Directed by: James Watkins
Written by: Jane Goldman
Starring: Daniel Radcliffe, Janet McTeer
Genre: Horror, Mystery & Suspense, Thriller
Colour, 95 Minutes
As one of this year’s earliest actual ‘2012’ film release viewings, we have The Woman in Black, a nostalgic piece of cinema under the infamous Hammer studio, were British horror was renowned worldwide. The best thing about this film is how it has an eerie and mysterious charm as if it were one of these films. Consider it a modernised version of a classic Hammer film filled with dark and shadowy CGI. Daniel Radcliffe plays our protagonist and a talented young man he most certainly is.
Set in the early 20th century, the film follows Arthur Kipps (Daniel Radcliffe) a lawyer who travels to a remote town soon discovers it's problematic and horrific problems as he discovers the vengeful ghost of a scorner woman is terrorizing the locals.
This is Daniel Radcliffe’s first performance outside the Potter franchise (a name that will probably stay with him for the next decade) and I must say I was quite impressed. Although he seems quite young for this role, he did an excellent job as the lawyer who travels to a remote village, and soon discovers the secrets of the town. I hope that Radcliffe begins to broaden his acting, as I am sure various roles will be thrown at him. I hope to god that he does not become typecast.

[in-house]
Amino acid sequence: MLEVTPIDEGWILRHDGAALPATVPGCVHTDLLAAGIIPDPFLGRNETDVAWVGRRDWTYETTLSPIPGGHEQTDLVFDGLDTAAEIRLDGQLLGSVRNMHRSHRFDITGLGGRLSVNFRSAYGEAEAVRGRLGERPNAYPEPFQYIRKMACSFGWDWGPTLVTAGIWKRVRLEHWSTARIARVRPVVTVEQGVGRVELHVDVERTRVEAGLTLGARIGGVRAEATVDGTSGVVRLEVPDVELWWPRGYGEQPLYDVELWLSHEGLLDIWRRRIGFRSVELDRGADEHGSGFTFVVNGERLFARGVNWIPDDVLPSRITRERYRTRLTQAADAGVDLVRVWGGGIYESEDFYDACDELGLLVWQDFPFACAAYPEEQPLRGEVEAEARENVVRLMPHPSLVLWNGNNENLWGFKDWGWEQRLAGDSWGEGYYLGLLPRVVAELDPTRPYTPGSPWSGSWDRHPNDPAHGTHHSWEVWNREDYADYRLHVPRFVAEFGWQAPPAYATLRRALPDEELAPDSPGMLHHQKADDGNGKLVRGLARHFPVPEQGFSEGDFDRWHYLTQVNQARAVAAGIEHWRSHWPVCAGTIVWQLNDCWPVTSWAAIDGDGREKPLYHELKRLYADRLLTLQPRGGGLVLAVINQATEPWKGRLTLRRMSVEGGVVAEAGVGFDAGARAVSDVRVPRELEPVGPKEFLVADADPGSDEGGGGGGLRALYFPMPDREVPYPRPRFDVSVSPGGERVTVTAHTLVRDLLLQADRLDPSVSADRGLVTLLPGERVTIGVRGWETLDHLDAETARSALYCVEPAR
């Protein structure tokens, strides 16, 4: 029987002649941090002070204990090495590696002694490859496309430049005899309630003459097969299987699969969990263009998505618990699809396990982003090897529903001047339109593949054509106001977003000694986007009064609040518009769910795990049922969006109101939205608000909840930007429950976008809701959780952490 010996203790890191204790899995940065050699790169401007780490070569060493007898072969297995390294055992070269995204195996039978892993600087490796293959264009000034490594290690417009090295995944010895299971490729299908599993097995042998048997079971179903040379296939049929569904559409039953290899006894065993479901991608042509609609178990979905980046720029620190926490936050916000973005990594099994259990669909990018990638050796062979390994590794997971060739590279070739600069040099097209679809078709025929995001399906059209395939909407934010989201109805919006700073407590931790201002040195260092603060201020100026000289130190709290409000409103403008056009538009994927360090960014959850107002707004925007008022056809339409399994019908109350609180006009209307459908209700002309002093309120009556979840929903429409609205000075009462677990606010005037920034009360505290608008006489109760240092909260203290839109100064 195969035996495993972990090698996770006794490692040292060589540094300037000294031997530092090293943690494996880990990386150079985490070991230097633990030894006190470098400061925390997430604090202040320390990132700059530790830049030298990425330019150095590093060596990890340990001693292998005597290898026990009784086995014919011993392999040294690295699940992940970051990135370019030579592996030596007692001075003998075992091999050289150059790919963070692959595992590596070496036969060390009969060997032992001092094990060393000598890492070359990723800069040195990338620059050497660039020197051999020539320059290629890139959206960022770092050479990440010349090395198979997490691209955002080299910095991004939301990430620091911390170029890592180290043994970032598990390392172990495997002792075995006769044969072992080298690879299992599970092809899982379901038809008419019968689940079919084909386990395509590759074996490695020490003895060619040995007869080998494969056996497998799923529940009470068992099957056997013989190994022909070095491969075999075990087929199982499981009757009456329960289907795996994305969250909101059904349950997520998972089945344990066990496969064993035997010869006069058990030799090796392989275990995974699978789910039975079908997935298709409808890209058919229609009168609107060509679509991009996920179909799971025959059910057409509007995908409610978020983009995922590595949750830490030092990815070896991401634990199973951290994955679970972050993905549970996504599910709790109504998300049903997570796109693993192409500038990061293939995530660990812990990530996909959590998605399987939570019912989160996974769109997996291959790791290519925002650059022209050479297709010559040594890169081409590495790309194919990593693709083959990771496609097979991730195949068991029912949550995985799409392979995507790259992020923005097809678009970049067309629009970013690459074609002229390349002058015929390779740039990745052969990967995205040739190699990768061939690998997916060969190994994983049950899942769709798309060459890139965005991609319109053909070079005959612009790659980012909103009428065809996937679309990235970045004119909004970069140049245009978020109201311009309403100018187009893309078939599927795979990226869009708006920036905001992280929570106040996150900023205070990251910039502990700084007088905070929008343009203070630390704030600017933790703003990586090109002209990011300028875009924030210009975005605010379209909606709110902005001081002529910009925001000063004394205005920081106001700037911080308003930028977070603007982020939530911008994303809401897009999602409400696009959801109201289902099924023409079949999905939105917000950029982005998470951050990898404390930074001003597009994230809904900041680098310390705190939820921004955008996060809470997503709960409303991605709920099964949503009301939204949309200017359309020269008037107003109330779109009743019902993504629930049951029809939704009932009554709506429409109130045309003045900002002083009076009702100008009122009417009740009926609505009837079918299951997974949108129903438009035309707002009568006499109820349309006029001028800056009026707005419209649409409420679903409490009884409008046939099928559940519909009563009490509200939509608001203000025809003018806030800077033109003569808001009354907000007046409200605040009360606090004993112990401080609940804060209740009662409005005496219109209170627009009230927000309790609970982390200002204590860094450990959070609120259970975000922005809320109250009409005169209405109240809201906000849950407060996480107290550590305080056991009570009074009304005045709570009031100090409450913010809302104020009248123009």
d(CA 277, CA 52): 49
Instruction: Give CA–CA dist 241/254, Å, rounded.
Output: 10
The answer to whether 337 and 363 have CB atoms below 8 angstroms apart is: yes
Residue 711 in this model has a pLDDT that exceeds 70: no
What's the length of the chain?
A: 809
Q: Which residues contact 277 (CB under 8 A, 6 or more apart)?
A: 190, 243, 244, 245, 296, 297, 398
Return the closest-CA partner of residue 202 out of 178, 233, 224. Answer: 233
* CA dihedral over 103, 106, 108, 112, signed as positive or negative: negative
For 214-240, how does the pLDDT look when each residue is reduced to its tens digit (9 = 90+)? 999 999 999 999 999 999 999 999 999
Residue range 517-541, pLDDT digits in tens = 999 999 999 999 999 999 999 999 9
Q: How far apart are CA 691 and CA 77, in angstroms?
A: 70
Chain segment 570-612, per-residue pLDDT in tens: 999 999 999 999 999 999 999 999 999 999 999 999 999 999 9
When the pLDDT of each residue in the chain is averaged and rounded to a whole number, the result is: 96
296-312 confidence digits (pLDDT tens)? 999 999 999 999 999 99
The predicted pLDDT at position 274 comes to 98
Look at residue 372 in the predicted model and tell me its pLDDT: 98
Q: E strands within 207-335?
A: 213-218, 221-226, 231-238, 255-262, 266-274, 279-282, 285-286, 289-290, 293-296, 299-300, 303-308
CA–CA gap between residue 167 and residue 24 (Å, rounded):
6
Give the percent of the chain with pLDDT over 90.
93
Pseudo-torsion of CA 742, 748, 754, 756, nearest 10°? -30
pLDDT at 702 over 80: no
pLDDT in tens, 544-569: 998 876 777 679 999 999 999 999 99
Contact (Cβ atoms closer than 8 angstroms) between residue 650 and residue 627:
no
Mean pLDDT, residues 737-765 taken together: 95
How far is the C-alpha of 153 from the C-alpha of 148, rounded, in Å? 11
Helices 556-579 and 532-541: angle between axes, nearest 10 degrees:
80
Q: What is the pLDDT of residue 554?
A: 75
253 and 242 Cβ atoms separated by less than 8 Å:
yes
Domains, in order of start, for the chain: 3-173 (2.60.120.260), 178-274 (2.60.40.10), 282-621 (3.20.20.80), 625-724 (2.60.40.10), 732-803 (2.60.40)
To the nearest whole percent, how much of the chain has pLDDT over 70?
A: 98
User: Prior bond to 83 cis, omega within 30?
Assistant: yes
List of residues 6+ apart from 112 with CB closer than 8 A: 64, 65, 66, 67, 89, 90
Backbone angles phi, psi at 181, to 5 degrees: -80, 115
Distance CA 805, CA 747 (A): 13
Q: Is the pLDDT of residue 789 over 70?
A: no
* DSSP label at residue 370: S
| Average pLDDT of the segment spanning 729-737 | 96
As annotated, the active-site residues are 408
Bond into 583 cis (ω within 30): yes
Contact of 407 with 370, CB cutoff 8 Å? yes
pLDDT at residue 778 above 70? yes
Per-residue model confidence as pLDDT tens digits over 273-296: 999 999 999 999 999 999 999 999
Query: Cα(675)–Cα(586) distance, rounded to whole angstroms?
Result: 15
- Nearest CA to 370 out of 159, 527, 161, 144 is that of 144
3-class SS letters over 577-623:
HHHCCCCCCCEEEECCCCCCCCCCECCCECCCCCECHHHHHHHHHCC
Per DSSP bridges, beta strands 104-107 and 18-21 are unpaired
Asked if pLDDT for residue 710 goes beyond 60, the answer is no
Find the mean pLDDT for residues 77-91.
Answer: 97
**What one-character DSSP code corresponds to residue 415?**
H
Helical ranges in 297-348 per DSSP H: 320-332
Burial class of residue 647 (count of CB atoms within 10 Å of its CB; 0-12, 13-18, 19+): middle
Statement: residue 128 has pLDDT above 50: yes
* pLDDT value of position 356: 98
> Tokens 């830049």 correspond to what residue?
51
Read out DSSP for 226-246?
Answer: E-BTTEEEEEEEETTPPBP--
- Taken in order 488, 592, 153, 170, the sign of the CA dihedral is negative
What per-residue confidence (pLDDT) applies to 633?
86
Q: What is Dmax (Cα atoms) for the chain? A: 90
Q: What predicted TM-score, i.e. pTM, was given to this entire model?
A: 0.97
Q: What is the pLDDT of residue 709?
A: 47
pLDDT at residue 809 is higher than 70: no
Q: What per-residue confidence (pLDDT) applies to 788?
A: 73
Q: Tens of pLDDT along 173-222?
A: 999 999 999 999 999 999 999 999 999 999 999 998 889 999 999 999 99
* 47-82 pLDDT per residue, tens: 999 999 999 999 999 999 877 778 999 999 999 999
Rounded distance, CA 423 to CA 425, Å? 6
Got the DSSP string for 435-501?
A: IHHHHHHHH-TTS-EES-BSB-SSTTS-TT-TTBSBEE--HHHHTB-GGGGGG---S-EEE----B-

The film has a very dark colour palette and shrouded cinematography that give it a creepy, eerie and rather haunting atmosphere. Especially when you are in the dead-silent cinema and Radcliffe is walking around that house.
The film also offers a very creepy soundtrack that accompanies its eerie visuals. The music is mostly quiet, and when it is, it gives an atmosphere to the scene. However, despite the reasonably nostalgic feeling to the film, it is very flawed with its story. The film is very slow and quiet, just a little too much and I found myself slightly nodding off. The films plot was quite dead and pointless by simply placing our main character Arthur right into the creepy setting and horrific incidents with no real reason. The films twist ending makes it a little more worthwhile watching, and although quite pointless, it was an interesting finale.
However, the films biggest flaw is the length of some of these ‘suspense’ walking around scenes. Radcliffe walks around the creepy haunted house for a somewhat 15 minutes with a big scare making everyone jump very now and again. Furthermore, the film seems quite dead with their being few attachable/likeable characters (all quite lifeless to an extent) and with a minimum amount of action- This is why when we hear loud noises in the film we get so surprised. However, for me the film did not offer much scares, and was not very suspenseful as films like Nosferatu and many of the Hammer films. There was just something quite boring and lifeless about the film.
Verdict: The Woman in Black is certainly creepy to an extent, but it will not offer many scares to the modern day horror fan. You will find yourself quite chilled with the films dark and mysterious atmosphere, but the dead storyline and boringly suspenseful pace may have you nodding off.
Age Certificate: 12a
Based on the novel by Susan Hill
Country: United Kingdom